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Dependency Injection Containers

I got into a discussion on Twitter the other day where I mentioned that I don't like DI. Call it lack of sleep or language barrier (on my part), but I said DI — dependency injection — when I meant the dependency injection container. Having said this, let me explain why I don't like it.


Despite not working for any of the larger PHP joints out there, I get to spend my time with pretty interesting stuff. I wouldn't call it high traffic or big data, but being in the Top 100 websites, we're certainly not the average PHP application out there.

I've shared some numbers perviously, and also in our job posting — don't mean to compare size, but my perspective is just that.

Looking at anything, I'm compelled to ask myself:

  • How much time will it save during development?
  • How much time will take to educate my team?
  • How much time will it eat away in each request?
  • How much time will it cost me to rip it out when it's slow?

Yeah, I'm still crazy about technology, but I've also grown up to not just submit to any of it without thorough evaluation. In that respect, I've grown old(er) — but that's (IMHO) healthy sceptism and usually what people call experience.


At the expense of my own credibility, let me just say (again) that I'm not particulary against new things. My beef is the hype.

The fact is that we use a lot of new technology and I have to admit that it's pretty exciting for me when to try out new things. Trying out doesn't mean that we end up using it, but when we try out we take a close look.

On the newer side of things we ended up using CouchDB, Redis, Membase and ElasticSearch. On one or two of these we have even started hacking and all in all we follow their development closely.

Telling people about what we run, sometimes feels like I run a playground for developers and crazy-about-tech people. It's new and it's bleeding edge, and it may be true to a certain extend, but it also the opposite because we (believe we) found great use-cases for each of these things.

But getting back to patterns, and I believe these prove my point even better than going on about these databases: Be honest to yourself and let's define "new" in this case and in general. Because neither dependency injection nor containers, or NoSQL are exactly new.

I don't want to rain on anyone's parade, but get real — it's been said and done before.

VirtualBox Guest Additions and vagrant

If you followed my blog, you probably know about chef and vagrant.

So the other day I managed to upgrade to VirtualBox 4.0. The upgrade just happened by accident, so to speak. I noticed that Virtualbox 4.0 had moved from nonfree to contrib on Oracle's repository which is why I had previously missed it. With 4.0, I am now able to run the latest and greatest Vagrant — and with Vagrant being pre-1.0 it's safe to assume that newer is indeed better.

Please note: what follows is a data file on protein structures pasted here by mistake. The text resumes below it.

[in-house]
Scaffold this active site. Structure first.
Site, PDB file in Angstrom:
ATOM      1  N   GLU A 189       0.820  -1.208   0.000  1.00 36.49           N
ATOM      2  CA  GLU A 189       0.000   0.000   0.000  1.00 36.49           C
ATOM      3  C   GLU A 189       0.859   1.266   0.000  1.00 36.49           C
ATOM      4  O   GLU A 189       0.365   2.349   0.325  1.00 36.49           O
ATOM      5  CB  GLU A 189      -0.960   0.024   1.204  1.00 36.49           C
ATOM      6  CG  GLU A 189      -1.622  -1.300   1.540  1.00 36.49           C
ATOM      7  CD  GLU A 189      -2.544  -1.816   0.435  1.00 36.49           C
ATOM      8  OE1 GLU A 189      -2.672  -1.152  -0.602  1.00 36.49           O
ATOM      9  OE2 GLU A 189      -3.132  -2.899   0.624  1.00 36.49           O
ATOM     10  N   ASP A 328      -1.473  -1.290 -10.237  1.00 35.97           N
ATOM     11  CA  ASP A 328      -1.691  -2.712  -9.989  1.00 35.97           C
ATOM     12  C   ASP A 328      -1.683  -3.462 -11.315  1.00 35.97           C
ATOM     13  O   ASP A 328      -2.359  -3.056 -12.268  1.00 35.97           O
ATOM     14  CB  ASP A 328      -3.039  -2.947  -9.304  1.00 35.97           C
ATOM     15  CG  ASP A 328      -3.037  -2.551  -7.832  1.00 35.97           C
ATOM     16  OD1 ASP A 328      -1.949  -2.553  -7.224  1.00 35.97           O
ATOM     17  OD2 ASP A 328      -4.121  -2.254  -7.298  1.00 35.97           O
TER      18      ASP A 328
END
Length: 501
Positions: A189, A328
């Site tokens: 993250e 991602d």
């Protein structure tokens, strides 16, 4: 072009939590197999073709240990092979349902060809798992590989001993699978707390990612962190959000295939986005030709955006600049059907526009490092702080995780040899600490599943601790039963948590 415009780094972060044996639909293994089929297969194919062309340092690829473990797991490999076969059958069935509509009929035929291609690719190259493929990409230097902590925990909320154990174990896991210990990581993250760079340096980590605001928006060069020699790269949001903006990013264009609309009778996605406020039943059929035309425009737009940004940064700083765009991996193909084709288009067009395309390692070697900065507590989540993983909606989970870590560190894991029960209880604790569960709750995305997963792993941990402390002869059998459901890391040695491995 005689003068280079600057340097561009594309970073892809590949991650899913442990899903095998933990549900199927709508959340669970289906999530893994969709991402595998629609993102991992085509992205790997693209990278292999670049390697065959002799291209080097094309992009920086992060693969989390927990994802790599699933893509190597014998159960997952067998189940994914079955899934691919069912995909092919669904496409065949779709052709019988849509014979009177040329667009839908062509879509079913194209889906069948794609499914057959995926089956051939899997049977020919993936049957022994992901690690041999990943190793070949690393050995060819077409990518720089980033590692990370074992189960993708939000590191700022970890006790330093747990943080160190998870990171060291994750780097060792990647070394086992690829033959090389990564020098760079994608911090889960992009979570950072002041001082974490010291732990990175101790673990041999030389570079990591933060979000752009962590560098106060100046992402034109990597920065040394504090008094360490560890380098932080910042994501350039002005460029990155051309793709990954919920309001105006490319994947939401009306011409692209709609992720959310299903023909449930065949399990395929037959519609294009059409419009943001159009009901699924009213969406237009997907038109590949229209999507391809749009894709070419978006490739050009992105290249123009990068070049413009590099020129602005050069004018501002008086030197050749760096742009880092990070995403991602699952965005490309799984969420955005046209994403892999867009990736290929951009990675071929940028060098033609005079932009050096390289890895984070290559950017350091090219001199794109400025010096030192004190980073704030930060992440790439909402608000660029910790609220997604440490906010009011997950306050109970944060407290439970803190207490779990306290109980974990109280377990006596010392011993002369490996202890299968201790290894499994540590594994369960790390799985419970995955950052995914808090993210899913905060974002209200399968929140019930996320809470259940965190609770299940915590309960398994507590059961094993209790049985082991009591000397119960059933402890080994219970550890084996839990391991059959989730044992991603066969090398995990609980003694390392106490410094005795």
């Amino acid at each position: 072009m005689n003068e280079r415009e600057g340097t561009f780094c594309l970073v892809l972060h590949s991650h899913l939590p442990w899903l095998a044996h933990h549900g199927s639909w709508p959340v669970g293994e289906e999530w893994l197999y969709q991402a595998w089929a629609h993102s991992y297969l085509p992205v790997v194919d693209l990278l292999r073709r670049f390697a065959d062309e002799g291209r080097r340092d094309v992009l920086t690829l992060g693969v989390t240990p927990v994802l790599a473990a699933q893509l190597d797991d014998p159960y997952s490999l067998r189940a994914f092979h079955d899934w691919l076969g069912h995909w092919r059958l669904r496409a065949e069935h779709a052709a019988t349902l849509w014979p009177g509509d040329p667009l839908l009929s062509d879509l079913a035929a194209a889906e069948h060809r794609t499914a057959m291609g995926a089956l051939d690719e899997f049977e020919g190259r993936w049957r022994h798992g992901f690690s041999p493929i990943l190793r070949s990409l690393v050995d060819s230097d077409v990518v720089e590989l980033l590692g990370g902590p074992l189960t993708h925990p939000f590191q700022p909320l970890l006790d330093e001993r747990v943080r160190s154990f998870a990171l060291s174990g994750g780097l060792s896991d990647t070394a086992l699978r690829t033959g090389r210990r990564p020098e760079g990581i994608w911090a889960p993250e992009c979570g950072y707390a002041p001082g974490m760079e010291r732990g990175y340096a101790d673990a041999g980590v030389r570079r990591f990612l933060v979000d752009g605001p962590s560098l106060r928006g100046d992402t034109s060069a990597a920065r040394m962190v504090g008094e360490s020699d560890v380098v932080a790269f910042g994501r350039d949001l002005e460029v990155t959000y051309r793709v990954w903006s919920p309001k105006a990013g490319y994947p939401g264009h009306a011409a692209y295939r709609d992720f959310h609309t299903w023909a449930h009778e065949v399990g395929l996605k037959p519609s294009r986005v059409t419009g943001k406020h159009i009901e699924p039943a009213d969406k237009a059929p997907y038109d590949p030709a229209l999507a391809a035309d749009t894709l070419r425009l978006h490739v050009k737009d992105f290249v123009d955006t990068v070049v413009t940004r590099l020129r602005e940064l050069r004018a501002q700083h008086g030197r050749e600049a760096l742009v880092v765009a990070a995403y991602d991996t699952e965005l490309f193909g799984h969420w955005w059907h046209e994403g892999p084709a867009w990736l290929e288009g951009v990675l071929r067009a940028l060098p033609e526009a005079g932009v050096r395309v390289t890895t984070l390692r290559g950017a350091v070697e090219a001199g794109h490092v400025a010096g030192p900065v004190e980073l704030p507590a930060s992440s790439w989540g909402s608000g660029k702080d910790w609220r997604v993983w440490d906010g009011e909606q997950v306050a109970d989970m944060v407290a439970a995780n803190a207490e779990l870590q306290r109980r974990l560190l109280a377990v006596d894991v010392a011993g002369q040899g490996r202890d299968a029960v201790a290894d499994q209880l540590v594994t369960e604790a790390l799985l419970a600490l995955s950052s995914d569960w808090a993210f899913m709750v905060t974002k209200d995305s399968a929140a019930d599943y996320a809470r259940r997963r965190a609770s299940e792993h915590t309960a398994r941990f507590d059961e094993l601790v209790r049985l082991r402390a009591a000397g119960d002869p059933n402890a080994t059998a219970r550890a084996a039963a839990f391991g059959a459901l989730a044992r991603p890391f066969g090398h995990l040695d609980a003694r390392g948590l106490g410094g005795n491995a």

Anyway — the VirtualBox update fubar'd all of my boxes. They didn't outright refuse to start, but provisioning failed nine out of ten times and other random issues seemed to pile up.

I noticed this warning about the Guest Additions inside the box and how they are different from the VirtualBox installed on the host:

[default] The guest additions on this VM do not match the install version of
VirtualBox! This may cause things such as forwarded ports, shared
folders, and more to not work properly. If any of those things fail on
this machine, please update the guest additions and repackage the

Guest Additions Version: 3.y.z
VirtualBox Version: 4.0.8

To cut to the chase — once I updated them and the box itself, they all continued to work.

So here's how!

Boot a blank VM

So first off, you take the image of your choice and boot a blank virtual machine. Blank because no chef-recipes should be configured, etc.. This VM should literally boot in a minute or so.

Now enter the VM and update the Guest Additions, and while we're at it, feel free to update the OS etc. as well.

Update the base

On my Ubuntu Karmic box, this is what I did (inside the VM) first:

vagrantup:~$ sudo aptitude update
vagrantup:~$ sudo aptitude upgrade
vagrantup:~$ sudo gem update --no-rdoc --no-test --no-ri
vagrantup:~$ sudo aptitude install portmap nfs-common

Pro-tip: The last step is necessary in case you run into the various issues with VirtualBox shared folders. The official website lists performance as the #1 one reason to use NFS shares instead of the VirtualBox shares, my #1 reason was issue #351.

Update Guest Additions

It took me a lot of Google, to actually find the download — regardless this is what seems to work. I extracted these steps from the blog post I found. For this to work, you are still inside the VM:

vagrantup:~$ wget -c \ \
-O VBoxGuestAdditions_4.0.8.iso
vagrantup:~$ sudo mount VBoxGuestAdditions_4.0.8.iso -o loop /mnt
vagrantup:~$ sudo sh /mnt/ --nox11
vagrantup:~$ rm *.iso

There's an error about something failing to install (Windows-related), but I ignored it since I don't run the GUI anyway.

Pro-tip: Installing the latest vagrant along with Virtualbox 4.0.8 made the GUI mode fail consistently. Not that I really mind, but I feel compelled to share.


Once these steps are completed, exit the VM (ctrl+d), halt the VM and up to test. If the VM starts up and no warnings show up, you got yourself a winner.

To repackage the VM, do the following:

~/karmic-test$ vagrant package

This creates a file — I renamed mine to Import the box with:

~/karmic-test$ vagrant box add karmic-nfs 
[vagrant] Downloading with Vagrant::Downloaders::File...
[vagrant] Copying box to temporary location...
[vagrant] Extracting box...
[vagrant] Verifying box...
[vagrant] Cleaning up downloaded box...



That's all, in summary the biggest obstacles are as follows:

  1. VirtualBox on the host and VirtualBox Guest Additions inside the box need to match (closely).